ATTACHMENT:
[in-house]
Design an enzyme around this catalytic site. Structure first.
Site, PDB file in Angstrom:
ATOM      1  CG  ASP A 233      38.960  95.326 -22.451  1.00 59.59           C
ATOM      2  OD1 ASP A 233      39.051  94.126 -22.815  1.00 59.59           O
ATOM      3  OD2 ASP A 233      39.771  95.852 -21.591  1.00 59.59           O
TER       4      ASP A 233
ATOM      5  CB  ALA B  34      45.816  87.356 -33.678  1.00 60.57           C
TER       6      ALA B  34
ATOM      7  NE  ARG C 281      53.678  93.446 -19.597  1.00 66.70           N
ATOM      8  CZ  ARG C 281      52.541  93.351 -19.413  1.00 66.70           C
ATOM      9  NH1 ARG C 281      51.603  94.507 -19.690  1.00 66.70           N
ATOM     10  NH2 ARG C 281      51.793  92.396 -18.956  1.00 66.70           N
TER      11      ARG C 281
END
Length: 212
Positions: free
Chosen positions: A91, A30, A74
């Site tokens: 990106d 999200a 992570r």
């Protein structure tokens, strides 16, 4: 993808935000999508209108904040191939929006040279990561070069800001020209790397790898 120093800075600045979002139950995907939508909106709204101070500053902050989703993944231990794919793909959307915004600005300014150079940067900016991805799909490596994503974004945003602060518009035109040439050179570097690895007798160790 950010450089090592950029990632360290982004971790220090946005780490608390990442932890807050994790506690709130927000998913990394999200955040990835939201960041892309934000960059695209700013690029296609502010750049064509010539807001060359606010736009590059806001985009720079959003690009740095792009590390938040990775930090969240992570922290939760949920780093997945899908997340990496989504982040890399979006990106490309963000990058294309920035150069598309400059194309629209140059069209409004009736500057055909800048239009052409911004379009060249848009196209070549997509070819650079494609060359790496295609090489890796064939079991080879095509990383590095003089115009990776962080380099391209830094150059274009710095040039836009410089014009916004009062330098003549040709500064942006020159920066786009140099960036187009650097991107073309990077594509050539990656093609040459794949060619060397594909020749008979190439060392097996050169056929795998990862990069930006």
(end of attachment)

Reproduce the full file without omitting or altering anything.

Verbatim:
[in-house]
Design an enzyme around this catalytic site. Structure first.
Site, PDB file in Angstrom:
ATOM      1  CG  ASP A 233      38.960  95.326 -22.451  1.00 59.59           C
ATOM      2  OD1 ASP A 233      39.051  94.126 -22.815  1.00 59.59           O
ATOM      3  OD2 ASP A 233      39.771  95.852 -21.591  1.00 59.59           O
TER       4      ASP A 233
ATOM      5  CB  ALA B  34      45.816  87.356 -33.678  1.00 60.57           C
TER       6      ALA B  34
ATOM      7  NE  ARG C 281      53.678  93.446 -19.597  1.00 66.70           N
ATOM      8  CZ  ARG C 281      52.541  93.351 -19.413  1.00 66.70           C
ATOM      9  NH1 ARG C 281      51.603  94.507 -19.690  1.00 66.70           N
ATOM     10  NH2 ARG C 281      51.793  92.396 -18.956  1.00 66.70           N
TER      11      ARG C 281
END
Length: 212
Positions: free
Chosen positions: A91, A30, A74
């Site tokens: 990106d 999200a 992570r």
């Protein structure tokens, strides 16, 4: 993808935000999508209108904040191939929006040279990561070069800001020209790397790898 120093800075600045979002139950995907939508909106709204101070500053902050989703993944231990794919793909959307915004600005300014150079940067900016991805799909490596994503974004945003602060518009035109040439050179570097690895007798160790 950010450089090592950029990632360290982004971790220090946005780490608390990442932890807050994790506690709130927000998913990394999200955040990835939201960041892309934000960059695209700013690029296609502010750049064509010539807001060359606010736009590059806001985009720079959003690009740095792009590390938040990775930090969240992570922290939760949920780093997945899908997340990496989504982040890399979006990106490309963000990058294309920035150069598309400059194309629209140059069209409004009736500057055909800048239009052409911004379009060249848009196209070549997509070819650079494609060359790496295609090489890796064939079991080879095509990383590095003089115009990776962080380099391209830094150059274009710095040039836009410089014009916004009062330098003549040709500064942006020159920066786009140099960036187009650097991107073309990077594509050539990656093609040459794949060619060397594909020749008979190439060392097996050169056929795998990862990069930006």